When: December 3, 2010

Registration: 8:30

Program: 9:15am - 5:00pm

Reception and exhibition opening to follow.


General Registration: $100

Students with valid ID: $25


Click here to register and view the full invitation


Above: Detail of Frontispiece, "The City & Port of Philadelphia on the River Delaware from Kensington." From William Birch, The City of Philadelphia...(W. Birch, 1800).


Witold Rybczynski Lecture and Book Signing

Witold Rybczynski, Makeshift Metropolis: Ideas About Cities

Prize-winning author, Meyerson Professor of Urbanism at the University of Pennsylvania, and architecture critic Witold Rybczynski draws upon a lifetime of observing cities to craft an insightful book that is both an intellectual history and a provoking critique.  In Makeshift Metropolis, he describes how current ideas about urban planning evolved from several movements: City Beautiful, Garden City, and the influences of both Frank Lloyd Wright and Jane Jacobs.


Wednesday, November 17, 2010, 5:30 PM


Free to members. RSVP to Susan Gallo at 215-925-2688 or


Non-members click here to register



New Book on the Treasury Building

The latest work by noted architectural historian Pamela Scott was released this fall by the Treasury Historical Association.  Fortress of Finance: The United States Treasury Building is a comprehensive history of the building that sits just a few feet east of the White House in Washington DC.  Ms. Scott did extensive research for the book in the Athenaeum’s Thomas Ustick  Walter Collection where she found the photograph that graces her book’s cover.  In addition, she verified that a long-unidentified watercolor architectural rendering in the Walter Collection was in fact an 1838 unexecuted design for the Treasury Building (See the banner image of this newsletter).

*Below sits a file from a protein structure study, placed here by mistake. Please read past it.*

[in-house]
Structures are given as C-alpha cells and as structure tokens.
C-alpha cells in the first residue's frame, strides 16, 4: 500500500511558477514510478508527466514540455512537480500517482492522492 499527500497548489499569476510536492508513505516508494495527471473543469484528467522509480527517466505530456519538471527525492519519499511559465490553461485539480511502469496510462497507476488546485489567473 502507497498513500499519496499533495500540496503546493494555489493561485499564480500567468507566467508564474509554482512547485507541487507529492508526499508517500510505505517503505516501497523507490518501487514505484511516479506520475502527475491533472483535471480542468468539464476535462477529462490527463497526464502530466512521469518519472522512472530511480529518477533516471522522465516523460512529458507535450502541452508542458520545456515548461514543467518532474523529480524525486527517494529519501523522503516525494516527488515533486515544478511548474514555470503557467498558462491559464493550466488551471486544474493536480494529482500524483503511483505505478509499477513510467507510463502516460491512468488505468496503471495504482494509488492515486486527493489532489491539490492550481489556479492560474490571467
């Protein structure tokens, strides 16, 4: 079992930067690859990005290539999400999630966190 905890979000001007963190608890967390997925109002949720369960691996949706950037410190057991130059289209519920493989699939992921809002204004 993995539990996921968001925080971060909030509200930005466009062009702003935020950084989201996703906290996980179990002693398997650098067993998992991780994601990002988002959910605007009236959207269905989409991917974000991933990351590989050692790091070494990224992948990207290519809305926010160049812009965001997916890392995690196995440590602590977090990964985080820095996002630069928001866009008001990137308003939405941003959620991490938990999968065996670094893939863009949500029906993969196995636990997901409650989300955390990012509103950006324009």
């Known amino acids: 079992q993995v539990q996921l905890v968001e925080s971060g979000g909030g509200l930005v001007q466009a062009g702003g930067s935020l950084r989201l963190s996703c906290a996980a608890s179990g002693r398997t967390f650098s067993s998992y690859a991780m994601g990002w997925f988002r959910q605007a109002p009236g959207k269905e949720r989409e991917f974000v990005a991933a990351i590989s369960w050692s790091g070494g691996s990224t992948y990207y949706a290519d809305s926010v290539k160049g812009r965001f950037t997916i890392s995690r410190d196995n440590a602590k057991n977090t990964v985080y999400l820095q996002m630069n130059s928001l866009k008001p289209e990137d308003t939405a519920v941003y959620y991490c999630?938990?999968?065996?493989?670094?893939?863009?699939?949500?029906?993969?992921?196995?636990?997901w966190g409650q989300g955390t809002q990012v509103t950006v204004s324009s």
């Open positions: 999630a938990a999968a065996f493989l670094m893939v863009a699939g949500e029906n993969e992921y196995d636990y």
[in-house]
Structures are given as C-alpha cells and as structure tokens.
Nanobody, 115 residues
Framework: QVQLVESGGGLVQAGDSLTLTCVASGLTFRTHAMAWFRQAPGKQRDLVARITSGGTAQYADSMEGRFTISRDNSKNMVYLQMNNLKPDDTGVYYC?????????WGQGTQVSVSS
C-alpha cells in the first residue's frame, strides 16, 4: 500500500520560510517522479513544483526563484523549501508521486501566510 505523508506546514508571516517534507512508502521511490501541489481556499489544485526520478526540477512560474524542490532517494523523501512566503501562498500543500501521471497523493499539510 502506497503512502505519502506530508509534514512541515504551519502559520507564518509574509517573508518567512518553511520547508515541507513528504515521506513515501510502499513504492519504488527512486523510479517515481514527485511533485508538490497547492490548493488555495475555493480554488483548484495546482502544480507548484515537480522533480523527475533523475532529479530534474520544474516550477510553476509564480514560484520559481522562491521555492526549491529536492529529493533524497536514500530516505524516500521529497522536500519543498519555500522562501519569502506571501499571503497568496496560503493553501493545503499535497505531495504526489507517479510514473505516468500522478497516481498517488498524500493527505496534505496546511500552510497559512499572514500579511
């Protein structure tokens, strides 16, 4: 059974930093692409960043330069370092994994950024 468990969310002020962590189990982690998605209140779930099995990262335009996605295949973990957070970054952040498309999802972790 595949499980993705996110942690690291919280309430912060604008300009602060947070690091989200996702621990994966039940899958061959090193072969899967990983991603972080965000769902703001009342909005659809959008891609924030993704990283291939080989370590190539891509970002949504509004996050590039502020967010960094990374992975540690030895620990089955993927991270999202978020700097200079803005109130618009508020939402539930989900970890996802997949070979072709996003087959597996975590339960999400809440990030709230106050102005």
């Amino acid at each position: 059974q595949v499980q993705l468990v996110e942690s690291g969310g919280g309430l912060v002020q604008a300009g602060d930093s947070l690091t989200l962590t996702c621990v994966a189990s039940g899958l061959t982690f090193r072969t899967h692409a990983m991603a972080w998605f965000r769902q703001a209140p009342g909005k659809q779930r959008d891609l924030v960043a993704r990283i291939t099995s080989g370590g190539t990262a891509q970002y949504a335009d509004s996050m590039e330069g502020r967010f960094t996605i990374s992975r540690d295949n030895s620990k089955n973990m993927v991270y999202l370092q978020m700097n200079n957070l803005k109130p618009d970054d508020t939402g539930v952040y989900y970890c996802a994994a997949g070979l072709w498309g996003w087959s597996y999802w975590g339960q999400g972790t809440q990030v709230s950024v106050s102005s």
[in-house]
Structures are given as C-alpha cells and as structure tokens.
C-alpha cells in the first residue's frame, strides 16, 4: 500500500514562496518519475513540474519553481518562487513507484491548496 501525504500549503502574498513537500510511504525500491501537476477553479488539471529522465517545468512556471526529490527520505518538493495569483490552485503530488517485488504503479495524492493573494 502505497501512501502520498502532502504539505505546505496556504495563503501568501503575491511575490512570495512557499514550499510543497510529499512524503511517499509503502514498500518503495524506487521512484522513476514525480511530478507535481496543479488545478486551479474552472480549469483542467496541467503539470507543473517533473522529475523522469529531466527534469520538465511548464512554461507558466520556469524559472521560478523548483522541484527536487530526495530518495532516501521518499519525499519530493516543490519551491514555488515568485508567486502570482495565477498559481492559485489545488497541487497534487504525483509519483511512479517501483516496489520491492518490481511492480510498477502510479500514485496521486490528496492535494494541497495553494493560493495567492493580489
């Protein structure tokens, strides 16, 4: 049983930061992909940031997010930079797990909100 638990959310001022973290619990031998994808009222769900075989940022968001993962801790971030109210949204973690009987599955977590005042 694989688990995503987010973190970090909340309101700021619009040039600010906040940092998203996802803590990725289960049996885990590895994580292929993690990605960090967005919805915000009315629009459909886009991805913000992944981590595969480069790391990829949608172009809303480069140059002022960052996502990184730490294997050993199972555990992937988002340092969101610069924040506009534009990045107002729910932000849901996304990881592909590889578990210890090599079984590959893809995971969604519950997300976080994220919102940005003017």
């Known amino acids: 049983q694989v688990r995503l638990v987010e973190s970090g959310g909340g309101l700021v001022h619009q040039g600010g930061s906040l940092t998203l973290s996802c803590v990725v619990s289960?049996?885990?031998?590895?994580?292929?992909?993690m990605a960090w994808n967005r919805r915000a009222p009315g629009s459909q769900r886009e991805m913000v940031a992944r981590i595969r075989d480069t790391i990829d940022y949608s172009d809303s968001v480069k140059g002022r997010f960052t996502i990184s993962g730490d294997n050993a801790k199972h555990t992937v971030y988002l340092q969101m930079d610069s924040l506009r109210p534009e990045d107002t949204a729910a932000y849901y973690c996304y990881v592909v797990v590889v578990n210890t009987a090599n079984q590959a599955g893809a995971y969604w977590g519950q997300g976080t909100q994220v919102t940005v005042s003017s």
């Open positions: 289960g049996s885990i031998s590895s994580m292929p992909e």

Member News

Da Vinci Art Alliance Presents:

A Reading Between The Lines:
Prose, Poetry and the Power of One Voice

Athenaeum member Jax Peters Lowell, a poet, novelist and winner of the 2010 Leeway Foundation Transformation Award, will read from her forthcoming memoir An Early Winter.

Introduction by Novelist Cordelia Frances Biddle



Friday, December 10th, 2010



701 Catherine Street, Philadelphia


Above: Jax Peters Lowell.


Save the Date:  

November 6: First Saturday, Athenaeum open

November 6: Children's Programs, 1:00-4:00pm

November 9: Joan Roberts Lecture on architect T. P. Chandler at St. Asaph's Church, 6:00pm Click here for details.

November 9: Socrates Cafe, 11:00am

November 17: Witold Rybczynski Lecture and Book Signing, Makeshift Metropolis: Ideas About Cities


See the Event Calendar for details and additional events.


The Athenaeum is open 9:00AM to 5:00PM, Monday-Friday and the first Saturday of the month from 10:00AM to 2:00PM (excluding the summer months). The building is accessible to persons with disabilities.  Group tours and research visits are by appointment only. Please visit our website for more information, or call 215-925-2688.